As Santander Bank leaves Pottsville, future of historic Miners National Bank building uncertain

Mar. 22—POTTSVILLE — On Wednesday, the day before Santander Bank closed its branch, the executive director of the Schuylkill County Historical Society was unsettled over the future of the historic Miners National Bank building.

"I'm really concerned about what's going to happen to it," Diana Prosymchak said. "It's been such a staple in downtown Pottsville. It's an amazing building, and it needs to be preserved."

At 4 p.m. Thursday, Santander will lock the front doors of the 95-year-old bank building at 120 S. Centre St.

The Pottsville operation is being consolidated with the Santander Bank in Schuylkill Haven, the bank previously said.

Efforts to reach a Santander spokesperson in Boston, where the bank is headquartered, were unsuccessful.

Mayor Dave Clews said the city has not been officially notified of Santander's plans for the building, which opened in 1928.

The future of the bank building was briefly discussed at Wednesday's meeting of the Pottsville Redevelopment Authority, the mayor said.

The authority has let Santander Bank representatives know of Pottsville's concerns.

"The city wants to make sure that it just doesn't sit there and become a problem," said Clews, who is in his first term as mayor. "We're interested and concerned, and we want to work with Santander on the bank's future."

Since he was a child, Clews, 65, has been particularly fond of the bank. He visited it many times when his mother worked there as a teller. His uncle, the late James Clews, was a loan officer.

The mayor acknowledged, however, that finding a use for the building could prove difficult. Its main lobby is three stories high, and heating costs alone could be a major obstacle.

"I think of it as a place for citizens to gather," Clews said.

Architectural gem

The coal industry was booming when the Miners National Bank was formed in 1828, only 40 years after woodsman Necho Allen discovered coal on Broad Mountain.

The bank was incorporated on Oct. 28, 1828, eight months after Pottsville was incorporated as a borough and the year before D.G. Yuengling & Sons began brewing in Pottsville.

Between 1828 and 1928, the bank printed thousands of bank notes in denominations ranging from $5 to $100. The remaining notes are sought by collectors.

The current building was constructed in 1927 in celebration of the bank's 100th anniversary. Designed by Cass Gilbert, one of the nation's foremost architects, its exterior is marked with the dates 1828-1928.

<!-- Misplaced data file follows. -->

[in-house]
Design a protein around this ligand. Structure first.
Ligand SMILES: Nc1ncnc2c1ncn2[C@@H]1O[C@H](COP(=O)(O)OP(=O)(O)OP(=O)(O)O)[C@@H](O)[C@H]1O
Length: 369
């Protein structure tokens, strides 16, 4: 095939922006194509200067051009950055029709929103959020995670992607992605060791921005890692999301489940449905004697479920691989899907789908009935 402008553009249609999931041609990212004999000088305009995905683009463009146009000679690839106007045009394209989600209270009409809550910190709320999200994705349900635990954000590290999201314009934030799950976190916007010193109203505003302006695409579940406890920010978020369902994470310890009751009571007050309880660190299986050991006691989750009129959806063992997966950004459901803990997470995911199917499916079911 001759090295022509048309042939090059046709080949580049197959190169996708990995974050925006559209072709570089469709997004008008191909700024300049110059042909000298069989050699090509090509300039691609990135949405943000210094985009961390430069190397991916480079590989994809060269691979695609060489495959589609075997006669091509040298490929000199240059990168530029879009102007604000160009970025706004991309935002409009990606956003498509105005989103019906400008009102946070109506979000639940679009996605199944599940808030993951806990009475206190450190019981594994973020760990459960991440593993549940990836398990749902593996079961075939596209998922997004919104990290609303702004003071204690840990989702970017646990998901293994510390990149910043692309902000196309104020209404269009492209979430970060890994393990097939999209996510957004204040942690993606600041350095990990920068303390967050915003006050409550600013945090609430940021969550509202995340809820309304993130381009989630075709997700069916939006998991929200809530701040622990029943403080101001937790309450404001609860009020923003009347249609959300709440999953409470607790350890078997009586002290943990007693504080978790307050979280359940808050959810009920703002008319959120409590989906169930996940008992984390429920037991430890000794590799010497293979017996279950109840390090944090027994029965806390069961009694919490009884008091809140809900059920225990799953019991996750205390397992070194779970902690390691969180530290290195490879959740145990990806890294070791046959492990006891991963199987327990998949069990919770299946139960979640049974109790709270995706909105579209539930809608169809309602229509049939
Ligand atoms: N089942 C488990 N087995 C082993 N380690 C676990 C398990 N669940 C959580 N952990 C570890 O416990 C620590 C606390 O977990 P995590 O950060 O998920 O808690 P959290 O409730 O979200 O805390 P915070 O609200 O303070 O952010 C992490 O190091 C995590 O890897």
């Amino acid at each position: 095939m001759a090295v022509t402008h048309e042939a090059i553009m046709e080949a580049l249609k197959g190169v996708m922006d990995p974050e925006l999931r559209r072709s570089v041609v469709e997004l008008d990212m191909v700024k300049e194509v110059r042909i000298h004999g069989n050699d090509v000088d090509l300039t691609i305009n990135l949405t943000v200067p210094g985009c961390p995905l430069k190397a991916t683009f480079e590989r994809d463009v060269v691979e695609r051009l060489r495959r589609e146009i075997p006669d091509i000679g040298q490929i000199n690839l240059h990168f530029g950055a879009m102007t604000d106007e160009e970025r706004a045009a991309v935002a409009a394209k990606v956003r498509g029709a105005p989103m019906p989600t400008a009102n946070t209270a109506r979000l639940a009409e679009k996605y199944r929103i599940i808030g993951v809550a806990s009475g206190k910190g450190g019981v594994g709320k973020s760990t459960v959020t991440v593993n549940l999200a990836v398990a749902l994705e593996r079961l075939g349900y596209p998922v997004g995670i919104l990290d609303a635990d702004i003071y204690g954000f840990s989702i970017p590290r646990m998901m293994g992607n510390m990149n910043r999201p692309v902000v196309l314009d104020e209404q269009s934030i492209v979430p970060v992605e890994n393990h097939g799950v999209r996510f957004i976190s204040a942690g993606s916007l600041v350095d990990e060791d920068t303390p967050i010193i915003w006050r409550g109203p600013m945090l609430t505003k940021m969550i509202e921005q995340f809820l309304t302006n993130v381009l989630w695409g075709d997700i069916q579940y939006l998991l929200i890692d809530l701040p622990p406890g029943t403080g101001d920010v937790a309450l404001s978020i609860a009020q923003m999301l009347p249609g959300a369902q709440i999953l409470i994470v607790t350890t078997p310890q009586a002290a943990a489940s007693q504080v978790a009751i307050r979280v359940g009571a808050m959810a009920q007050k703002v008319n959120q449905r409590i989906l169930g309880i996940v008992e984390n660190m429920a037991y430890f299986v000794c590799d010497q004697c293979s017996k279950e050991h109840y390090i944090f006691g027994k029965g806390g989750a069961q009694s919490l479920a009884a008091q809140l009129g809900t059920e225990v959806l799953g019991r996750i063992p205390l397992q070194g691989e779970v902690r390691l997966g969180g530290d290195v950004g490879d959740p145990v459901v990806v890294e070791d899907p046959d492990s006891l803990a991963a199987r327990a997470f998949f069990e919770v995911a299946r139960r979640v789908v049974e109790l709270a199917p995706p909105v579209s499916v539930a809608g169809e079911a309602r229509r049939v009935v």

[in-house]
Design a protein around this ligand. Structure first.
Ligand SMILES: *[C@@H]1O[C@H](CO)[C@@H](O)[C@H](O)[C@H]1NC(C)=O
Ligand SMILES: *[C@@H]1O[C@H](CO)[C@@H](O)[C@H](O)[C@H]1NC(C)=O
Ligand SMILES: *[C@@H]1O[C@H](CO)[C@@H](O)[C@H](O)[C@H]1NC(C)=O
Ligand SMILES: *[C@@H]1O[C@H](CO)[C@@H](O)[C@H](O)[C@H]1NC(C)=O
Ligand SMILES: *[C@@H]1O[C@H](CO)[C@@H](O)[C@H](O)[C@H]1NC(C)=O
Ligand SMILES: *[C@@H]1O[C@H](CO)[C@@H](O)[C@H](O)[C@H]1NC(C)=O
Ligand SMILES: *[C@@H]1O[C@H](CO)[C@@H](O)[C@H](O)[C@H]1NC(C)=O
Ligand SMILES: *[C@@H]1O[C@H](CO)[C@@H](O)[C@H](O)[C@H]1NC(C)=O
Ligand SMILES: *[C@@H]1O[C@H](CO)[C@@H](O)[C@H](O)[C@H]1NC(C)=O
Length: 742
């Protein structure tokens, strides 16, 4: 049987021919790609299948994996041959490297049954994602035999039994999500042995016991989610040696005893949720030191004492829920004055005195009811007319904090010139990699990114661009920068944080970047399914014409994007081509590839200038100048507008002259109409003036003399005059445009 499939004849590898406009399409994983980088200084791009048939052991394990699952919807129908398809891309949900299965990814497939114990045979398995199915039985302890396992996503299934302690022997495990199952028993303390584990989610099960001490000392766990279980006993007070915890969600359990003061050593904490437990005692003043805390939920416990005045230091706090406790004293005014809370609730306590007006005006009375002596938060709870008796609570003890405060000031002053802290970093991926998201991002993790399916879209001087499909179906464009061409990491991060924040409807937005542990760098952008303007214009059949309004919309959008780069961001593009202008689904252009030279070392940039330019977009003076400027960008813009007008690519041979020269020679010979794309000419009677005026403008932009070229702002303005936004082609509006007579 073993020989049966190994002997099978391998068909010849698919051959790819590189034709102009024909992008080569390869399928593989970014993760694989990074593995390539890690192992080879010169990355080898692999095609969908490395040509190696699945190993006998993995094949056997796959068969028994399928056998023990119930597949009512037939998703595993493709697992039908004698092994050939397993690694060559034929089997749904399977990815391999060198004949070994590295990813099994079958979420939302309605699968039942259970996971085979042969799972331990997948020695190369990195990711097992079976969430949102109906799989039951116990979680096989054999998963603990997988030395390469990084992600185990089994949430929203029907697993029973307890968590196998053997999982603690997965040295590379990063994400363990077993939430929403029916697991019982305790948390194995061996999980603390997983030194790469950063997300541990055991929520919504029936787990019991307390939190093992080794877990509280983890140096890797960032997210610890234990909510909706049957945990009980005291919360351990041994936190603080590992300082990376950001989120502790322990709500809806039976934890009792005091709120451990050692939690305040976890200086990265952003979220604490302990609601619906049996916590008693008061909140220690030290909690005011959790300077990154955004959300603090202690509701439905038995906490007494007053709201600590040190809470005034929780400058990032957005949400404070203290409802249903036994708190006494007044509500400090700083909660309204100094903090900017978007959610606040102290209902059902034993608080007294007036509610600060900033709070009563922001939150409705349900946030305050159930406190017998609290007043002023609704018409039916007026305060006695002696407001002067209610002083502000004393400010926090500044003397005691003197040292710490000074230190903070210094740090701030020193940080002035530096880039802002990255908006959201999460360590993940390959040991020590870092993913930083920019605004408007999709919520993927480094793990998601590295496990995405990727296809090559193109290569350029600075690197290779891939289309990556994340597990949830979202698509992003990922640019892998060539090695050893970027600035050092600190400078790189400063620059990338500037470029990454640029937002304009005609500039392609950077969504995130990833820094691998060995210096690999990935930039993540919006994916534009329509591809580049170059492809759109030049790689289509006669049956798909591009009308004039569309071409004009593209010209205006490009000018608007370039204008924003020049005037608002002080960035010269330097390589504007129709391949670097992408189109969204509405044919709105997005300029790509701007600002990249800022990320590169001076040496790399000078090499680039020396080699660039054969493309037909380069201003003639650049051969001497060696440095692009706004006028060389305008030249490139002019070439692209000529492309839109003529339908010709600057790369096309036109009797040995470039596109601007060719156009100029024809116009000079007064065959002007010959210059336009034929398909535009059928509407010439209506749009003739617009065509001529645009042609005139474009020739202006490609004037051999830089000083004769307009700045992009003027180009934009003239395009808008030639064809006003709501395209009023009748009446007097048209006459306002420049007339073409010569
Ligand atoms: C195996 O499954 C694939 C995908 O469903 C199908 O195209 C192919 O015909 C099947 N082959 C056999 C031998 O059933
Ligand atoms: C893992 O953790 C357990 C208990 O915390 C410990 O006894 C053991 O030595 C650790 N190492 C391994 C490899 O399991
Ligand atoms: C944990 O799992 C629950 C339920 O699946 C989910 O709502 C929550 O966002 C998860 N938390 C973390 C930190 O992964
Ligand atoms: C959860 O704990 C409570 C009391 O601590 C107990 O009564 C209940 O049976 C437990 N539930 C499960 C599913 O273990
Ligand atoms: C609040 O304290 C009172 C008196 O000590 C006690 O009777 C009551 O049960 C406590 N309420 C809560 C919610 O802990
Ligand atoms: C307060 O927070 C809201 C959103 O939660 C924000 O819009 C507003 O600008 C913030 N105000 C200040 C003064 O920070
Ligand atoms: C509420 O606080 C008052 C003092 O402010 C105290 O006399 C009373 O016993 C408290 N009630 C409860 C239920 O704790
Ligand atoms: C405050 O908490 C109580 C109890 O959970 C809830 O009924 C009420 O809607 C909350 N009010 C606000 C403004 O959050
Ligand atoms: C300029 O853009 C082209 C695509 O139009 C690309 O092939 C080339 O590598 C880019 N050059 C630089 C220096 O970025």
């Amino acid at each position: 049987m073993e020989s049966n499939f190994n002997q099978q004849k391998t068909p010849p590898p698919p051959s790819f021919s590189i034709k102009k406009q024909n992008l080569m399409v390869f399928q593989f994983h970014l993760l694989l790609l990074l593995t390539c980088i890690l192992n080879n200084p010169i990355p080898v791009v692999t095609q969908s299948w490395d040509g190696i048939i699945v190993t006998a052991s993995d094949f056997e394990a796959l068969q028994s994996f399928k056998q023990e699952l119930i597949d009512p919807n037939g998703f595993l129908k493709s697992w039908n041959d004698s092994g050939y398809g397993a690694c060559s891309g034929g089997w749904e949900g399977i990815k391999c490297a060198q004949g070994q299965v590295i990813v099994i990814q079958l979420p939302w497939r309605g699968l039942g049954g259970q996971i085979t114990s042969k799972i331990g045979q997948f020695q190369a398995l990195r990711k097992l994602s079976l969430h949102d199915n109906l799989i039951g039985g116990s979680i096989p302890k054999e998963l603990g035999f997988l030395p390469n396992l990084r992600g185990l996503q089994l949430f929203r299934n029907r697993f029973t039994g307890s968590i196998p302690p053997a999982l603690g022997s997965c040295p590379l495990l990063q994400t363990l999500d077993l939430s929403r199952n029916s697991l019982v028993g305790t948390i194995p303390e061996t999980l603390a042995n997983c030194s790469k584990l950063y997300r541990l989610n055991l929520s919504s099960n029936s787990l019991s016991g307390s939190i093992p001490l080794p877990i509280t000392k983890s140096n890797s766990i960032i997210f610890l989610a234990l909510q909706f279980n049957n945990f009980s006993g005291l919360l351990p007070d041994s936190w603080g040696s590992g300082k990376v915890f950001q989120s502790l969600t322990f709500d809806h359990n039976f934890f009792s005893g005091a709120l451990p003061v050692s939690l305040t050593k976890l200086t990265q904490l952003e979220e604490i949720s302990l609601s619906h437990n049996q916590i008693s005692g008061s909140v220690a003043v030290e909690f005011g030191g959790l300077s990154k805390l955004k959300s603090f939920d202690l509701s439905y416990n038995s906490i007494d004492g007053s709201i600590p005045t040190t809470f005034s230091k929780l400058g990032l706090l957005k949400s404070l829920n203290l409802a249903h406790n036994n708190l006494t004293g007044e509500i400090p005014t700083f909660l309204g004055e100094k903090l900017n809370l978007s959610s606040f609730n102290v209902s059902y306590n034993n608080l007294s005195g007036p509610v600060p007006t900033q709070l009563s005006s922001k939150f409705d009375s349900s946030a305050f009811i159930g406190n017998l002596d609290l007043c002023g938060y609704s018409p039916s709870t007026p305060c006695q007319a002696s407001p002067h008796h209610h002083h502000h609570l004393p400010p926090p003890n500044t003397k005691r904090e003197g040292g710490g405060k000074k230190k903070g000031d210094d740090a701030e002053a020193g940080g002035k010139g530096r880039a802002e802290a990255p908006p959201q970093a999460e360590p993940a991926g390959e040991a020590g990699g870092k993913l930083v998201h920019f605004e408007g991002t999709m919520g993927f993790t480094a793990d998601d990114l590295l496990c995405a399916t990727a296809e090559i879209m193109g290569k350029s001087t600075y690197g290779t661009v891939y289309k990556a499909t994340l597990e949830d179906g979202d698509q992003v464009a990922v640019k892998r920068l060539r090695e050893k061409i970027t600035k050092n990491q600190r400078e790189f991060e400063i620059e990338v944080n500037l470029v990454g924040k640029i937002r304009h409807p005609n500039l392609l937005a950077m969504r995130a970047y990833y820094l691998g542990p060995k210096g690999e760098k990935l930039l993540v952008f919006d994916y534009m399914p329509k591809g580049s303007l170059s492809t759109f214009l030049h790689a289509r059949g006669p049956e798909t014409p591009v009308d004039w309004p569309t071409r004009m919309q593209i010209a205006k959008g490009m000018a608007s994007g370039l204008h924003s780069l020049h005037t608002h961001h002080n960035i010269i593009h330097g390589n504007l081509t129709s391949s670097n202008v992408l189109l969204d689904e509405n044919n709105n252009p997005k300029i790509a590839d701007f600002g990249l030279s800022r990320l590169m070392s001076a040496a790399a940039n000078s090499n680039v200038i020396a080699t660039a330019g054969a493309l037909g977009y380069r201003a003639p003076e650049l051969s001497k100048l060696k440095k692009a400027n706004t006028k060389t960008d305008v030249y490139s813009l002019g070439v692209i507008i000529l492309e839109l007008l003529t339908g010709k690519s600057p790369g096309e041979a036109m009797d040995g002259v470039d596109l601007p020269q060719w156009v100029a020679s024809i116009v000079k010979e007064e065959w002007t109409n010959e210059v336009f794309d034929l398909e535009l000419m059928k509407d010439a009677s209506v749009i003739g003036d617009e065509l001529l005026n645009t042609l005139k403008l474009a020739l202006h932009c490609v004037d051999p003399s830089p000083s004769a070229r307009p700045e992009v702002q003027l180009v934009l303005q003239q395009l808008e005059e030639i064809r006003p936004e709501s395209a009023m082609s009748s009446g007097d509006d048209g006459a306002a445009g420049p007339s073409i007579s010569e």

Gilbert designed the Woolworth Building, the U.S. Supreme Court building and the Detroit Free Public Library.

He designed the Miners Bank's exterior with Harvard brick and Doric columns of white Georgia marble.

Referred to as a "Temple of Commerce" at its dedication, the design incorporates elements of Greek and Colonial American architecture, and includes busts of the ancient gods Mercury and Pluto.

The bank's 10-foot-tall front doors, which depict miners at work, were made by John Polachek, a renowned New York sculptor, at a cost of $10,000 in 1927. His relief of President Woodrow Wilson is in the Smithsonian Institution.

The interior walls are of Jeanne d'Arc stone, French limestone, and the floors are of Roman travertine, the Italian stone used in the Colosseum.

Forging a legacy

The Schuylkill County Historical Society is hoping that Santander Bank will donate a wooden sculpture of a miner that's displayed under glass in the bank lobby.

Prosymchak would also like to add a large photo of the original interior of the bank that hangs in the president's office to the society's archive.

It shows the original vaulted ceiling and chandeliers, which were removed when a drop ceiling was installed decades ago.

Prosymchak and Steve Young, assistant executive director, paused Wednesday to display a portion of the society's archive on the bank.

Among a dozen or more framed portraits of bank presidents is one of John Shippen, president from 1831 to 1882, who shaped the institution in its formative years.

Another is of his successor, William L. Whitney, president from 1882 to 1894.

Scrap books of news clippings meticulously kept by bank employees provide a glimpse into the past.

They show how the Miners Bank opened branches in Port Carbon, Minersville, Tamaqua, Hometown and Williamstown.

In 1960, for example, the bank was paying 3% interest on savings accounts. And when it opened its branch in Hometown in 1961, the bank emphasized that it had a drive-thru window and offered a $20 savings account as a door prize.

An ad in the Pottsville Republican in November 1961 said the bank had paid out more than $500,000 in Christmas Clubs that year.

"Santa says: Next Christmas is in the bag when you join our 1962 Christmas Club," the ad read.

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